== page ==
The amount of power that a homopolar generator produces varies in direct proportion to each of three parameters. a) radius of the copper disk, b) how fast the disk is spinning and c) the strength of the magnet's magnetic field. This has always been the crux of the problem ie. if you spin the copper disk twice as fast you get twice as much power but you also end up using twice as much power to make it spin faster.

If the circumference of the 'disc that spins' is itself surrounded by solenoids (tubes containing elliptical copper windings) such that each solenoid contains a magnet that can move up and down within the solenoid tube to generate electricity, then the following situation arises.

As the disc rotates, the magnets inside each of the peripheral solenoids would move up and down (like pistons).

In this way, 10 or 20 solenoids on the circumference of a single disc can generate more electricity than would be possible from a single copper disc.

I hypothesise that numerous peripheral solenoids can generate more electricity than is consumed by an electric motor capable of rotating a central supporting disc at optimal RPM.

In this case, optimal RPM has a lower limit defined by the requirement to generate meaningful electricity, and an upper limit defined by gravity.

Which is to say, the magnets inside the solenoids cannot be allowed to become pinned to the top of their solenoid by centrifugal force (should the central disc rotate too rapidly).

There is a formula for calculating the electrical output of each solenoid (based on the number of windings (copper turns) and the length of each solenoid etc).

In crude terms, multiply the output per solenoid by the number of solenoids on the circumference and you get total electrical output in watts.

The force required to rotate a central disc at the required speed can be calculated if you know the weight of the disc array (disc + solenoids + magnets in kg) and the acceleration of the circumference of the disc in m/s/s.

Once the force in Newtons is known (F = m*a), the power in watts needed to rotate the disc at the required RPM can be calculated using another formula.

Once you know the power in watts needed to rotate the disc, you can then compare power consumption with power output.

In all such mechanical systems, the strength of the magnet is a factor, but so too is the distance between the magnet and the copper.

The speed at which the magnet moves over the copper surface is important. The faster it moves, the more power is generated. But even if it were to move very quickly, it would not generate electricity unless there are 'changes' in direction.

Most neodymium magnets have enormous power (1.3 Teslas is not uncommon), but if the distance between the magnet and the copper exceeds a fraction of a millimetre, field strength falls exponentially.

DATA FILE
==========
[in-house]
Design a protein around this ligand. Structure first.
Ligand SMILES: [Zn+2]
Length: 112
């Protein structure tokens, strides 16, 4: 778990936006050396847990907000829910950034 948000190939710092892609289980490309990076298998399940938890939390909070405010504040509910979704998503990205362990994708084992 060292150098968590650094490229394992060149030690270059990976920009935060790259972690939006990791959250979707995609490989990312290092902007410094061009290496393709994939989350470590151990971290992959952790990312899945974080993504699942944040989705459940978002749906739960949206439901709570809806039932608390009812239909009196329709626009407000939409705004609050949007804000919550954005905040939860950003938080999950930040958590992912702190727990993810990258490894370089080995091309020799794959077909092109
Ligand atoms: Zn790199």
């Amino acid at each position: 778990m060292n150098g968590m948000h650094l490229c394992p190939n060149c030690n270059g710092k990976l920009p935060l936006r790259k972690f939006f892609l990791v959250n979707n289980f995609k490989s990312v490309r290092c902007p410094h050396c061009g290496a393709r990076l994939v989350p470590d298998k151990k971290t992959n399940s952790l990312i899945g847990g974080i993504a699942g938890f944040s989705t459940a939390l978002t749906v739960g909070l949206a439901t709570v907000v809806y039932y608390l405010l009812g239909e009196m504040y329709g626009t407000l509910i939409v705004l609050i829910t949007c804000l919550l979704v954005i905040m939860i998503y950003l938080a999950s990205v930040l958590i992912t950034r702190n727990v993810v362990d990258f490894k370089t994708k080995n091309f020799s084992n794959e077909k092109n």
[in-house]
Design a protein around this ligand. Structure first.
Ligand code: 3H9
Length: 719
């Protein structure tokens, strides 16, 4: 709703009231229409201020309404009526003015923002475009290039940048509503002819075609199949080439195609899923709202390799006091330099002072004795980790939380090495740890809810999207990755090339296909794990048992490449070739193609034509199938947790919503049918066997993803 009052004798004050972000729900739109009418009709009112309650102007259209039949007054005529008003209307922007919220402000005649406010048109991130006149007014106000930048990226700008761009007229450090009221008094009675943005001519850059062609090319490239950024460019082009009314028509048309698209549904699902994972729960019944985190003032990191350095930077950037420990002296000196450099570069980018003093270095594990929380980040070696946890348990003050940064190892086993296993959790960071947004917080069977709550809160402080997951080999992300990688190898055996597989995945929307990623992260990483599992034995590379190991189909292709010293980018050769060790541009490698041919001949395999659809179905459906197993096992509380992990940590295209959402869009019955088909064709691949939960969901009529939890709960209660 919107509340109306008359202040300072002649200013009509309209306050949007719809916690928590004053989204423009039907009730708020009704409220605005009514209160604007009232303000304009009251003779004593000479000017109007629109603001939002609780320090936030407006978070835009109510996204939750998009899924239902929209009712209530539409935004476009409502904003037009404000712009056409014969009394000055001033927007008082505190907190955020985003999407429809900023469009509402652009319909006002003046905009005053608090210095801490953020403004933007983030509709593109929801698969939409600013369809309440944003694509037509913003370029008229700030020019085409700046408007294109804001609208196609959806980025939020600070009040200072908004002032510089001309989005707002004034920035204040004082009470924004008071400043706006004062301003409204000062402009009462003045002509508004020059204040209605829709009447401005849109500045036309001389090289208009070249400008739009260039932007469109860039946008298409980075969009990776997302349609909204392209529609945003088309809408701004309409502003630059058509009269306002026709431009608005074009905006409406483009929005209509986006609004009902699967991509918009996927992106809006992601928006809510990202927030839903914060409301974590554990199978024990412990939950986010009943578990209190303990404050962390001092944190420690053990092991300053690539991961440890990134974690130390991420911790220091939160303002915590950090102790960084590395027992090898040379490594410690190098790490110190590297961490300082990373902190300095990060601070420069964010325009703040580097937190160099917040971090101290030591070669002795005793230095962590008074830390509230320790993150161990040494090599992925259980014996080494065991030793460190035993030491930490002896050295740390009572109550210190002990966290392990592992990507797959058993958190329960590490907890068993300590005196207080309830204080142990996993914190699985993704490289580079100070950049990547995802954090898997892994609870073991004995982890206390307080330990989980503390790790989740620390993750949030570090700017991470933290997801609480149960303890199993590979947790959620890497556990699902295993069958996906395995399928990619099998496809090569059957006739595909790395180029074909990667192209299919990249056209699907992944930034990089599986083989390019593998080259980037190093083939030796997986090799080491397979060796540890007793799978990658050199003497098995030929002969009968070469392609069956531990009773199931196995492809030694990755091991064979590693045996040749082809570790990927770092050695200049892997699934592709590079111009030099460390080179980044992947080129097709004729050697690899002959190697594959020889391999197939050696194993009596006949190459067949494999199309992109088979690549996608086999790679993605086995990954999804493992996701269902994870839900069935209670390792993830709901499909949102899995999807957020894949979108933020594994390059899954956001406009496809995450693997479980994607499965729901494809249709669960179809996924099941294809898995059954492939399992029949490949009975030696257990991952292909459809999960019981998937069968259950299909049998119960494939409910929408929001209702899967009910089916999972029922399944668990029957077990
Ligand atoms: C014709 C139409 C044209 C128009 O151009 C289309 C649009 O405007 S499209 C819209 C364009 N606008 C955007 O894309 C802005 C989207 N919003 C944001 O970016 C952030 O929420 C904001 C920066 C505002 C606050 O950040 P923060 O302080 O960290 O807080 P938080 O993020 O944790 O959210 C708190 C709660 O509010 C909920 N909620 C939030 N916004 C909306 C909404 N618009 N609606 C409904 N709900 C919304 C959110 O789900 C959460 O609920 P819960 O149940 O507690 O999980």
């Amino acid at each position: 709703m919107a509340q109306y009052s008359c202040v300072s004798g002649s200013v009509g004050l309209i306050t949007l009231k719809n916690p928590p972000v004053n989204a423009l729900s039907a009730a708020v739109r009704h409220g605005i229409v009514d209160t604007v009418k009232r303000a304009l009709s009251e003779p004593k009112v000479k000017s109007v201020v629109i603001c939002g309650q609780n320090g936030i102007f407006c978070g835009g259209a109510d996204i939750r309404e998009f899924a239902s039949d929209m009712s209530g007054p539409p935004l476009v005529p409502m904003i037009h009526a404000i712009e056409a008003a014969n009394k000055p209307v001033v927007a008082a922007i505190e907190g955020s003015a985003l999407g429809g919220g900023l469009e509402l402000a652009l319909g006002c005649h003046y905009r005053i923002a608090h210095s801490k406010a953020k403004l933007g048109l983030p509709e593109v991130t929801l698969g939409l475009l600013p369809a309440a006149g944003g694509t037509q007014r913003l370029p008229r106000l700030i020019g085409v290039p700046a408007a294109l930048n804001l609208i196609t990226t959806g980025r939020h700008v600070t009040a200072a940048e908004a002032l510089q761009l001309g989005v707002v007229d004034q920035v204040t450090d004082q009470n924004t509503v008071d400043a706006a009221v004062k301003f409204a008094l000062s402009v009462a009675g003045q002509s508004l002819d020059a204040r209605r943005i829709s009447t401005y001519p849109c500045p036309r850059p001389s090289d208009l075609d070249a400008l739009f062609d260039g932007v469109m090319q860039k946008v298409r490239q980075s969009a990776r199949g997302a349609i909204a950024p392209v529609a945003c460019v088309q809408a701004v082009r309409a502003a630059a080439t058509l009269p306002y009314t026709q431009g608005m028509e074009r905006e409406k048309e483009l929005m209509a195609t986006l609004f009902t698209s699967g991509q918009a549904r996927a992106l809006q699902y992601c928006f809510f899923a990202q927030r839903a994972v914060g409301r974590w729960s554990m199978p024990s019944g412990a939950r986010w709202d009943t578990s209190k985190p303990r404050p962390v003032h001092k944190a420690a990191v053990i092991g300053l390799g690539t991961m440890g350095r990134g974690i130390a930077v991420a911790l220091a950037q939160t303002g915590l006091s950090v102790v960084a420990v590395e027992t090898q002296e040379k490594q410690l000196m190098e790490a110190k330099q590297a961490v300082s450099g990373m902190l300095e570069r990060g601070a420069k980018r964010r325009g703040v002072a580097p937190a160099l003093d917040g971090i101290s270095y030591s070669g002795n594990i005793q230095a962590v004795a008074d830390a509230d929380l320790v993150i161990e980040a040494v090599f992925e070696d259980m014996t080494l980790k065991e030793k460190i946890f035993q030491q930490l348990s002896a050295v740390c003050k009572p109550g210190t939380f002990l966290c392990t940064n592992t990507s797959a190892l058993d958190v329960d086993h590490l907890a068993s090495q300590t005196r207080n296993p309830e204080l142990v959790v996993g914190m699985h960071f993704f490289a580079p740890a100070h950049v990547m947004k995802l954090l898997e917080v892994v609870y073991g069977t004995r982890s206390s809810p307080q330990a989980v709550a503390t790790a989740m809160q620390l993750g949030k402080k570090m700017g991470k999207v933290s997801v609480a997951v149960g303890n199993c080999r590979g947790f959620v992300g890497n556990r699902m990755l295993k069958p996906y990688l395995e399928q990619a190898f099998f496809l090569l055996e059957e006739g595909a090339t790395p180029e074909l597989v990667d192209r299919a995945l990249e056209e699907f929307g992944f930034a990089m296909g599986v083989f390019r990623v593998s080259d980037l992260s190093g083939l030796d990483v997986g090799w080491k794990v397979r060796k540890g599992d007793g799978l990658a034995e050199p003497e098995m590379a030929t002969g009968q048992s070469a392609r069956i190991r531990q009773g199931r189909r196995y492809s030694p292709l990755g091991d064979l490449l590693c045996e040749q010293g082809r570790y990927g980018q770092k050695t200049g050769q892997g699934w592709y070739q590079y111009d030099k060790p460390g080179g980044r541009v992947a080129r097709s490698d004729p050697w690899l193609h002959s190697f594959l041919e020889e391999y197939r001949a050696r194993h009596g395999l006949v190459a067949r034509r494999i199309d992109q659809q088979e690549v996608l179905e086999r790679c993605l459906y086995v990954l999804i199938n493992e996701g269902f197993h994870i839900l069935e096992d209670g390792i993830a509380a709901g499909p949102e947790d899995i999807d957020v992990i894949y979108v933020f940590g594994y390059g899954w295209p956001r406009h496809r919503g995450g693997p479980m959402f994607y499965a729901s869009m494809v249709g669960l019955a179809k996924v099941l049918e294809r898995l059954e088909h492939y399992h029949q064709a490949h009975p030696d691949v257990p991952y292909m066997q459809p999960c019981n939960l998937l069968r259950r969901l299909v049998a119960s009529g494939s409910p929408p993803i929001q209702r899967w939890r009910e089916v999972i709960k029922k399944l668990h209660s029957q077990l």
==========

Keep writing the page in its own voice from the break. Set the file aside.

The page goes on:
On the flip side of the coin, even if you were to engineer a system in which a magnet close to the copper could change direction very quickly, the high field strength would itself require enormous torque (rotational force) to rotate the disc.

For these reasons, I have suggested having a central non-copper disc around the circumference of which solenoid magnet arrays provide rapid rates of change.

Magnets, moving like pistons in the cylinders of a combustion engine, would generate electricity whilst at the same time the torque requirements of the central disc would not be a significant limiting factor.

It might work particularly well in zero gravity if springs of differing specifications were attached to each end of the solenoids. One could simply ensure the spring at the 'outer circumference end' of the solenoid was much stronger than the spring closer to the hub of the supporting disc. This would prevent magnets getting stuck at one end of the solenoid due to centripetal force.

Dense neodymium magnets would move up and down inside the solenoids, bouncing off the springs at each end, providing rapid rates of change (and thus high electrical output).

Angular velocity in radians per second at the circumference of the disc would not be restricted by a speed limit preventing magnets travelling at more than 10 m/s/s (the rate of acceleration of gravity).

Large solenoid wheels in space might therefore provide electrical generating capacity that would otherwise require impractical arrays of solar panels. In addition, power would be available for propulsion beyond the influence of sunlight. This would allow us to send automated probes well beyond the confines of the solar system.

The size of a solenoid piston array in space could be enormous. High electrical output from such arrays could be used in manned spacecraft for propulsion systems requiring greater output than that available from solar panels.

Interesting thread. Thanks for putting it in the public domain. I particularly like the idea of using electromagnets in the way you suggested.